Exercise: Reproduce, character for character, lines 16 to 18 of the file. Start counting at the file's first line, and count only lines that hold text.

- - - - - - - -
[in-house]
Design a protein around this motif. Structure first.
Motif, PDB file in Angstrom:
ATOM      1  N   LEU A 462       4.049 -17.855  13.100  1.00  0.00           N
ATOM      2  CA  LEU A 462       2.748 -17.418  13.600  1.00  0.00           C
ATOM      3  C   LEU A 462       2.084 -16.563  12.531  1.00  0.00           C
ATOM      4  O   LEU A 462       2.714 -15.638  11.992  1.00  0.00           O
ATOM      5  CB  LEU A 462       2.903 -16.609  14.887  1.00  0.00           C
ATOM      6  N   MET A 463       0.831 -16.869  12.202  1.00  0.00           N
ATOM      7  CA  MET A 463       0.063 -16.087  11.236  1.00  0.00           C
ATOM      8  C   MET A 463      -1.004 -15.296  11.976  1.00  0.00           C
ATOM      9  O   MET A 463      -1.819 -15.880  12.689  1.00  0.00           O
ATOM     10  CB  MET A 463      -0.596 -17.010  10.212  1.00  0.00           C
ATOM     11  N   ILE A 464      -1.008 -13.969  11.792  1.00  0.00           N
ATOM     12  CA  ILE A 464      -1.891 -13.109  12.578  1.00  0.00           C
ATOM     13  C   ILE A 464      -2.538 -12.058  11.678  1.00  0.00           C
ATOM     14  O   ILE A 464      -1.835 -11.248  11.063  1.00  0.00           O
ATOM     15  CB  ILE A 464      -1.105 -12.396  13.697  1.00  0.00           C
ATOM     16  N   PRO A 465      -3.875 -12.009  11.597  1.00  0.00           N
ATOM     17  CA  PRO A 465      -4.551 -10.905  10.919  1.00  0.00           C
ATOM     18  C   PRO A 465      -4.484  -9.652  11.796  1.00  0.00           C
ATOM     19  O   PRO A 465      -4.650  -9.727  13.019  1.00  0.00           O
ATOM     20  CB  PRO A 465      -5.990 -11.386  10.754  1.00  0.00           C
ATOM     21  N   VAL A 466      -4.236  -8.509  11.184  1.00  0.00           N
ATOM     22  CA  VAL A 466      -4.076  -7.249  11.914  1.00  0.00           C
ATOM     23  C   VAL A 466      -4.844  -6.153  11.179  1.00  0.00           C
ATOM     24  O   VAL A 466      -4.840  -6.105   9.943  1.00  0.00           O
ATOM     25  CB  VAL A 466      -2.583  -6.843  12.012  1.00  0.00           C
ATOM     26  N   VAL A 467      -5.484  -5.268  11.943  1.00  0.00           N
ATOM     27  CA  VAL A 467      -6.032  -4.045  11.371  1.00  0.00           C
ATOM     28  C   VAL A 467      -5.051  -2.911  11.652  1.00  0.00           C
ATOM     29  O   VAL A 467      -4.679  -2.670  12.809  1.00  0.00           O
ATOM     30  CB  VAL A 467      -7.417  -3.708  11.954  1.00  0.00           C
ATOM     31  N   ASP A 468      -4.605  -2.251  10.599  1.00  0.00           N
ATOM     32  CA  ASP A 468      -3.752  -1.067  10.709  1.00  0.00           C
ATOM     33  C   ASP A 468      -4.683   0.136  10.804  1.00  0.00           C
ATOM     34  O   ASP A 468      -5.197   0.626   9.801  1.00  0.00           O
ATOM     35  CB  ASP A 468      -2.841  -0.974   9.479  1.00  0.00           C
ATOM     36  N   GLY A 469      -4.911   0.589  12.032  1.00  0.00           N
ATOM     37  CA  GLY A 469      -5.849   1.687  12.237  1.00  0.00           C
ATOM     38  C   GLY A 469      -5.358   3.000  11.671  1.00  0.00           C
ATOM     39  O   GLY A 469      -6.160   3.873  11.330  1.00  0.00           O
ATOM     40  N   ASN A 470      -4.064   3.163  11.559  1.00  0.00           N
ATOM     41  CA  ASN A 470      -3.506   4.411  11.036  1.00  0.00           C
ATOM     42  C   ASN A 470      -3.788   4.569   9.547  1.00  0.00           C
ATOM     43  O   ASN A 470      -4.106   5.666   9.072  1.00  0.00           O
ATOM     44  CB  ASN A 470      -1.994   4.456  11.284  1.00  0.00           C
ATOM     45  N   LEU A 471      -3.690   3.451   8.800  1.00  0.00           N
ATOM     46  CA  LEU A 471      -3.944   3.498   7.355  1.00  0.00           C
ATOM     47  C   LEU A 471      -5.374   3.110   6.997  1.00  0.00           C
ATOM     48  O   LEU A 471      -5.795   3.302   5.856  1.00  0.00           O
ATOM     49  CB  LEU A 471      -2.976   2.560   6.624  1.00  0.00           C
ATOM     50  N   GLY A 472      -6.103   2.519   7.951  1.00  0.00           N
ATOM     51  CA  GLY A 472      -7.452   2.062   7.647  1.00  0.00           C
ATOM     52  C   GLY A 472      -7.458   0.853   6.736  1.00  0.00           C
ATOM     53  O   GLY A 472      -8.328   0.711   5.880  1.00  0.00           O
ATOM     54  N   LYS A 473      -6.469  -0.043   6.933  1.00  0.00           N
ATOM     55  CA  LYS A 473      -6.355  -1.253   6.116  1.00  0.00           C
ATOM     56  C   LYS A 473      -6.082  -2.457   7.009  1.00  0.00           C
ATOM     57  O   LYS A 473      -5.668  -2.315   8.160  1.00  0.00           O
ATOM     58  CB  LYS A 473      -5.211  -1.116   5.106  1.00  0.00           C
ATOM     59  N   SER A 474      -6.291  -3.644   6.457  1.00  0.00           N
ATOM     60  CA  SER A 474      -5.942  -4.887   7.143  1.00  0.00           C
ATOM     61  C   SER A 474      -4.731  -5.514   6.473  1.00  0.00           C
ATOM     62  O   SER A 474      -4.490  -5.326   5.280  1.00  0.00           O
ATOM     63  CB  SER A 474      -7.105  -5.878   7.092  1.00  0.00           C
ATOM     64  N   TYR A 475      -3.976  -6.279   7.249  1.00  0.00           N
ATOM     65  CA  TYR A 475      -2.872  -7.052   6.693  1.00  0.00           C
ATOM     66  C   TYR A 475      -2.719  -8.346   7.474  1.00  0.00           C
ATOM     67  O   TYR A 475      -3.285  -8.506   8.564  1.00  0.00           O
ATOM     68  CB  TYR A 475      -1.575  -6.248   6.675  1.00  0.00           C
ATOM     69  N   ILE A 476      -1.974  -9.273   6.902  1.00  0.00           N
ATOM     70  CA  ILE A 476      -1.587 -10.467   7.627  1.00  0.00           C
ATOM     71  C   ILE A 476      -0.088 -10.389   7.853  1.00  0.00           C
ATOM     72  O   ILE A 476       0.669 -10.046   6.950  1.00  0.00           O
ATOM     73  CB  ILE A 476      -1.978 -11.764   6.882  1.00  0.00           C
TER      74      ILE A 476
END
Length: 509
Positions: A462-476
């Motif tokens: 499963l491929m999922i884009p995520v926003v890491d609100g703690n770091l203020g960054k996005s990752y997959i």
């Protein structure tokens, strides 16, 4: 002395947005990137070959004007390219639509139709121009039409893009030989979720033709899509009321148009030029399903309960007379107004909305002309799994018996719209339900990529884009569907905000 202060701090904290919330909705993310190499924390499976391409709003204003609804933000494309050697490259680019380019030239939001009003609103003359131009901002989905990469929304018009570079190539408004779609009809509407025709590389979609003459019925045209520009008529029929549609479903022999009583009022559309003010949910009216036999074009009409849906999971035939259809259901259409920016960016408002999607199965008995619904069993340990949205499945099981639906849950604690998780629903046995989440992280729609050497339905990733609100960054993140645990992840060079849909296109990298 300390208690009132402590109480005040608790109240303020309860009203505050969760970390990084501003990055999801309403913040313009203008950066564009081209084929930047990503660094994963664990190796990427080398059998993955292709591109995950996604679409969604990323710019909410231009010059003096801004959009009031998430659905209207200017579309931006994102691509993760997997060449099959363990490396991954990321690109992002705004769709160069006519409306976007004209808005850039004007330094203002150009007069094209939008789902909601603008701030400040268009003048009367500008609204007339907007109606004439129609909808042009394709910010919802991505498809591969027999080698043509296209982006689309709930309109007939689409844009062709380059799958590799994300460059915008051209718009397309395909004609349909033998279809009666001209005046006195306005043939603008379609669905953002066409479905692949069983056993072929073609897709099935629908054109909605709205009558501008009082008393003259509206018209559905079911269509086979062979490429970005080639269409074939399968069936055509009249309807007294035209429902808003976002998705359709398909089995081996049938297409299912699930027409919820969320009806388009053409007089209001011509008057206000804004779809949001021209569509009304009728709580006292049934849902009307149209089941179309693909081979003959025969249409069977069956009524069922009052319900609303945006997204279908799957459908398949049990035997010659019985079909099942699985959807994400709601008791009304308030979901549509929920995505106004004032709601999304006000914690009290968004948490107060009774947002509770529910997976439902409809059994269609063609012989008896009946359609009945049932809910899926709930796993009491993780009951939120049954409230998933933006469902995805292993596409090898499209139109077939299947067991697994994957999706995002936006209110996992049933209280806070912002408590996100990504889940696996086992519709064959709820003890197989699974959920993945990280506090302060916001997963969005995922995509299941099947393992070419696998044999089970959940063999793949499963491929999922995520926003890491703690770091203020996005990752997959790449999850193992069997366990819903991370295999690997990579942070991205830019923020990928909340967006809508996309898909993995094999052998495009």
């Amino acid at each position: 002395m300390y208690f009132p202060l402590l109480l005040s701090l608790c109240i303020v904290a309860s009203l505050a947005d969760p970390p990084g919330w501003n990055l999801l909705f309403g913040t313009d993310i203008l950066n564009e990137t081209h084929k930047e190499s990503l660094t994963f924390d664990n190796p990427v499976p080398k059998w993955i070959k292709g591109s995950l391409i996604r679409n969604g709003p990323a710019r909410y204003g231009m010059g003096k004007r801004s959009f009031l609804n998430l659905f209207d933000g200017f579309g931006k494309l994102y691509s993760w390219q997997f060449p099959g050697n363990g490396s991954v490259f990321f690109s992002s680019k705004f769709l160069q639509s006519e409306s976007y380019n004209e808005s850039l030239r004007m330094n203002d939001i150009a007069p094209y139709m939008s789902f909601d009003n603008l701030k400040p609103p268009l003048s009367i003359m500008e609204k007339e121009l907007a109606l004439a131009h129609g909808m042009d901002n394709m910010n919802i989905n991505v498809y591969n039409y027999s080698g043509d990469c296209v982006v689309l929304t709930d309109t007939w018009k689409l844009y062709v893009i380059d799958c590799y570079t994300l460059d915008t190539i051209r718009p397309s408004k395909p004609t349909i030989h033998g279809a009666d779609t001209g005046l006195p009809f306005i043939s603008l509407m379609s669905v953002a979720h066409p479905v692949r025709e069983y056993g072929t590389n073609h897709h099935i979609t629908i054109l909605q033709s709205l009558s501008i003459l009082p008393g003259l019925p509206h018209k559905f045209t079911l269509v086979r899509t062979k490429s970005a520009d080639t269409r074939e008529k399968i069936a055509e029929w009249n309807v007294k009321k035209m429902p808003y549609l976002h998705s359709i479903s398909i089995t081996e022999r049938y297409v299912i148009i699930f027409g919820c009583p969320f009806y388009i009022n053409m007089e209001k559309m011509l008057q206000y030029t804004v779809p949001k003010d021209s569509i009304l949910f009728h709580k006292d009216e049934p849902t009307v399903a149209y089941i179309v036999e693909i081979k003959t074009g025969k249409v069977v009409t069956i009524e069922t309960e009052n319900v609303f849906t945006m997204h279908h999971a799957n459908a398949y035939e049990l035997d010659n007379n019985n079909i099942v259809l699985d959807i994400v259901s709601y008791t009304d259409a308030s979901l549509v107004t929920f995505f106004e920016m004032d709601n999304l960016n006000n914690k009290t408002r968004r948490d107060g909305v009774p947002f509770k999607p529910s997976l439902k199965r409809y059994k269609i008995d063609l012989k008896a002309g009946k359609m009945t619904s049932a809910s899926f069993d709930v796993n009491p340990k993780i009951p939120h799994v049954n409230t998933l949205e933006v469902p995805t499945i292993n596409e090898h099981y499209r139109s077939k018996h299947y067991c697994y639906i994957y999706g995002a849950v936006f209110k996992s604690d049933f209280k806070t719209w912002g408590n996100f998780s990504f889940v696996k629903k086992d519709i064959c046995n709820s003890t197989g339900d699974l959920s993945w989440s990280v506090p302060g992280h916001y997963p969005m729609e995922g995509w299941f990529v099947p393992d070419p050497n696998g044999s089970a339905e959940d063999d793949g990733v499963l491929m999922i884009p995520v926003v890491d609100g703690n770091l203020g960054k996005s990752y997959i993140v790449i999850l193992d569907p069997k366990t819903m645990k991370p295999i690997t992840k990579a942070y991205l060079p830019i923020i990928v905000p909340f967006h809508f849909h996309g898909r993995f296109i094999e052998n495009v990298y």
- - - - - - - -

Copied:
ATOM     13  C   ILE A 464      -2.538 -12.058  11.678  1.00  0.00           C
ATOM     14  O   ILE A 464      -1.835 -11.248  11.063  1.00  0.00           O
ATOM     15  CB  ILE A 464      -1.105 -12.396  13.697  1.00  0.00           C